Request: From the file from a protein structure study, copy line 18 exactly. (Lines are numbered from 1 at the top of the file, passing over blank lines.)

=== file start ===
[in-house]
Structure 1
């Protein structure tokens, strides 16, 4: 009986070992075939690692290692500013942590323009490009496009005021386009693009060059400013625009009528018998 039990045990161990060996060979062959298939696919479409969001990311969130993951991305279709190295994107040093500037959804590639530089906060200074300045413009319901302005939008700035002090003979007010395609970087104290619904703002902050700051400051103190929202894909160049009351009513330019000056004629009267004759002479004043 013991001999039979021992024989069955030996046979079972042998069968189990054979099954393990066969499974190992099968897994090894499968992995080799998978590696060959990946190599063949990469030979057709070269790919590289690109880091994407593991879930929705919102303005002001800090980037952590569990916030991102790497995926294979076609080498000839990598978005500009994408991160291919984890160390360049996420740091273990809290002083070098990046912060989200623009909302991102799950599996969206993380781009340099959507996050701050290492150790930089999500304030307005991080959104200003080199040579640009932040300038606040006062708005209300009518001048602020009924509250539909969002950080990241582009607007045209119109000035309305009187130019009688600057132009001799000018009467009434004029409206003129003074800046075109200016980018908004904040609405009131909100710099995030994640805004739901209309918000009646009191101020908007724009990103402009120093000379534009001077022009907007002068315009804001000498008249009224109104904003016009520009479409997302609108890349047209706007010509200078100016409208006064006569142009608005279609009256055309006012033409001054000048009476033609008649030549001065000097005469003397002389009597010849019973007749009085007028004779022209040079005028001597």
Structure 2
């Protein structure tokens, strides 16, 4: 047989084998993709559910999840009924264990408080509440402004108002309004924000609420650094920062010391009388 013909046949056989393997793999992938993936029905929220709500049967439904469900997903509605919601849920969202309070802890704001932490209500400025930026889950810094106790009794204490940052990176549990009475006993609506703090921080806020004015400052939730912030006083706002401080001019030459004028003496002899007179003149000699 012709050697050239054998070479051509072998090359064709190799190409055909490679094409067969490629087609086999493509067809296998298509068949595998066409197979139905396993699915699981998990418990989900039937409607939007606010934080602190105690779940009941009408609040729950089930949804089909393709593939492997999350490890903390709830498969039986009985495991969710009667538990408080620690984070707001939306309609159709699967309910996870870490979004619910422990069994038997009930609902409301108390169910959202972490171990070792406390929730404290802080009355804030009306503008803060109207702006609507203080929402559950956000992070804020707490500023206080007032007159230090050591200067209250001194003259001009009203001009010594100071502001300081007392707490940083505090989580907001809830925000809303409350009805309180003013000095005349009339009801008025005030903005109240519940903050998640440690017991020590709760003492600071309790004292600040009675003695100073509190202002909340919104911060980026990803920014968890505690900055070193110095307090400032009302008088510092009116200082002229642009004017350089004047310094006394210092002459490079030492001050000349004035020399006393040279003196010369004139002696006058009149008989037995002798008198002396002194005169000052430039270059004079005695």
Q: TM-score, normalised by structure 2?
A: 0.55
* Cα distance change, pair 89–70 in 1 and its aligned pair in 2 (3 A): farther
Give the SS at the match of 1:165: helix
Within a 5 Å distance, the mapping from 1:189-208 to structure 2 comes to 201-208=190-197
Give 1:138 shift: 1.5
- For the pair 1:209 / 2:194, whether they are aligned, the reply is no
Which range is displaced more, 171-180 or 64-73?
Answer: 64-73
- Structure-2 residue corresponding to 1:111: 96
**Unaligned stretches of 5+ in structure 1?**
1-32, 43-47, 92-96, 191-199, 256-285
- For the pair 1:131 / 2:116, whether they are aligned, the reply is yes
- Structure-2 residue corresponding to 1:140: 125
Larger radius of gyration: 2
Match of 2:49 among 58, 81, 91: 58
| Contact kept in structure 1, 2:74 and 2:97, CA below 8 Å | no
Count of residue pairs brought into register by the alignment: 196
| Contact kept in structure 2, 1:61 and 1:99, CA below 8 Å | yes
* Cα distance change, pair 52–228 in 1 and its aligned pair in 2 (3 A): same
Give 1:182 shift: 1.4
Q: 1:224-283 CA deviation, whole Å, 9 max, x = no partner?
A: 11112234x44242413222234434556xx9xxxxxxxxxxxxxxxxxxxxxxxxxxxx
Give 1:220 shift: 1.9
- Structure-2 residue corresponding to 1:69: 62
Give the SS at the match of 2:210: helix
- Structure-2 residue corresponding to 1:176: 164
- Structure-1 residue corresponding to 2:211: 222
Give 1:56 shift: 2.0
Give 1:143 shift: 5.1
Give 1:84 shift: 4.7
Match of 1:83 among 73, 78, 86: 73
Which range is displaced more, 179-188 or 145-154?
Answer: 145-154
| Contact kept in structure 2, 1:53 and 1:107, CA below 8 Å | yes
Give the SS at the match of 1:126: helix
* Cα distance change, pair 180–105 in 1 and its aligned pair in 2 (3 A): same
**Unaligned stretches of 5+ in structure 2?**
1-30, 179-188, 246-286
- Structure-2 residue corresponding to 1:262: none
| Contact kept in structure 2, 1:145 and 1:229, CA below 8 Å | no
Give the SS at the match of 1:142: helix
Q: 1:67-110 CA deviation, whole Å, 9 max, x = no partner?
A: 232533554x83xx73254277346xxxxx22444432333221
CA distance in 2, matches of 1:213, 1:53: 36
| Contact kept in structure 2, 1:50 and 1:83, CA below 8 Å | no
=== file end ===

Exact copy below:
- For the pair 1:131 / 2:116, whether they are aligned, the reply is yes